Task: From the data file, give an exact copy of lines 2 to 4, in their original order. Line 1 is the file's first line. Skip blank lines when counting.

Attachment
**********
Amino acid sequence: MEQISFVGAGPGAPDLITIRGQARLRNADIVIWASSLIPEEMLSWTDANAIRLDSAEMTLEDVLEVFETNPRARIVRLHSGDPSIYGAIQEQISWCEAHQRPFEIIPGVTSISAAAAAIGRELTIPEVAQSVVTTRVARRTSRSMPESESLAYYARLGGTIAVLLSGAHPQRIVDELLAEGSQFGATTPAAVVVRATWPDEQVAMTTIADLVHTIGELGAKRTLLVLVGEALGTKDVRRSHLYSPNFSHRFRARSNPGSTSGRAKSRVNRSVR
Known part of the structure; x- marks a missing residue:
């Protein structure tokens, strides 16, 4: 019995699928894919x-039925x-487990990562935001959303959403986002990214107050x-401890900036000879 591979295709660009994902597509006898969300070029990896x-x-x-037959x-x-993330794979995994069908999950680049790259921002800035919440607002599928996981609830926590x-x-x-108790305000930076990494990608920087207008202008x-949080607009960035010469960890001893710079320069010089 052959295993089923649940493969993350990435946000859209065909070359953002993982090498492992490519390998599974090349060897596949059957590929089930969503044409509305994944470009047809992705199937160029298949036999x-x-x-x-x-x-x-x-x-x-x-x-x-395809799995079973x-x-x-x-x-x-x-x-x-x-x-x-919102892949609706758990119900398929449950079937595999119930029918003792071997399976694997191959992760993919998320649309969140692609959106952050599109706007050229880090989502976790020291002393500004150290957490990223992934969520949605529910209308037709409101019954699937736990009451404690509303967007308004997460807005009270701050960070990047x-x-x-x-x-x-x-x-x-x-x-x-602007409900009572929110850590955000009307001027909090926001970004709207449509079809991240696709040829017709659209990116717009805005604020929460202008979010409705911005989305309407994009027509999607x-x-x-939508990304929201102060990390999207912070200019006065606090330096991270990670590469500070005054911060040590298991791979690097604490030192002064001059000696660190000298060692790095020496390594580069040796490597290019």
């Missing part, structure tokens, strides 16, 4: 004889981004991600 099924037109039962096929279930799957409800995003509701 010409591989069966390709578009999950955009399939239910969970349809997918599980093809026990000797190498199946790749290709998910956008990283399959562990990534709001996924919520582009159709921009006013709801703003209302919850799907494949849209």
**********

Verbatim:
Known part of the structure; x- marks a missing residue:
């Protein structure tokens, strides 16, 4: 019995699928894919x-039925x-487990990562935001959303959403986002990214107050x-401890900036000879 591979295709660009994902597509006898969300070029990896x-x-x-037959x-x-993330794979995994069908999950680049790259921002800035919440607002599928996981609830926590x-x-x-108790305000930076990494990608920087207008202008x-949080607009960035010469960890001893710079320069010089 052959295993089923649940493969993350990435946000859209065909070359953002993982090498492992490519390998599974090349060897596949059957590929089930969503044409509305994944470009047809992705199937160029298949036999x-x-x-x-x-x-x-x-x-x-x-x-x-395809799995079973x-x-x-x-x-x-x-x-x-x-x-x-919102892949609706758990119900398929449950079937595999119930029918003792071997399976694997191959992760993919998320649309969140692609959106952050599109706007050229880090989502976790020291002393500004150290957490990223992934969520949605529910209308037709409101019954699937736990009451404690509303967007308004997460807005009270701050960070990047x-x-x-x-x-x-x-x-x-x-x-x-602007409900009572929110850590955000009307001027909090926001970004709207449509079809991240696709040829017709659209990116717009805005604020929460202008979010409705911005989305309407994009027509999607x-x-x-939508990304929201102060990390999207912070200019006065606090330096991270990670590469500070005054911060040590298991791979690097604490030192002064001059000696660190000298060692790095020496390594580069040796490597290019």
């Missing part, structure tokens, strides 16, 4: 004889981004991600 099924037109039962096929279930799957409800995003509701 010409591989069966390709578009999950955009399939239910969970349809997918599980093809026990000797190498199946790749290709998910956008990283399959562990990534709001996924919520582009159709921009006013709801703003209302919850799907494949849209």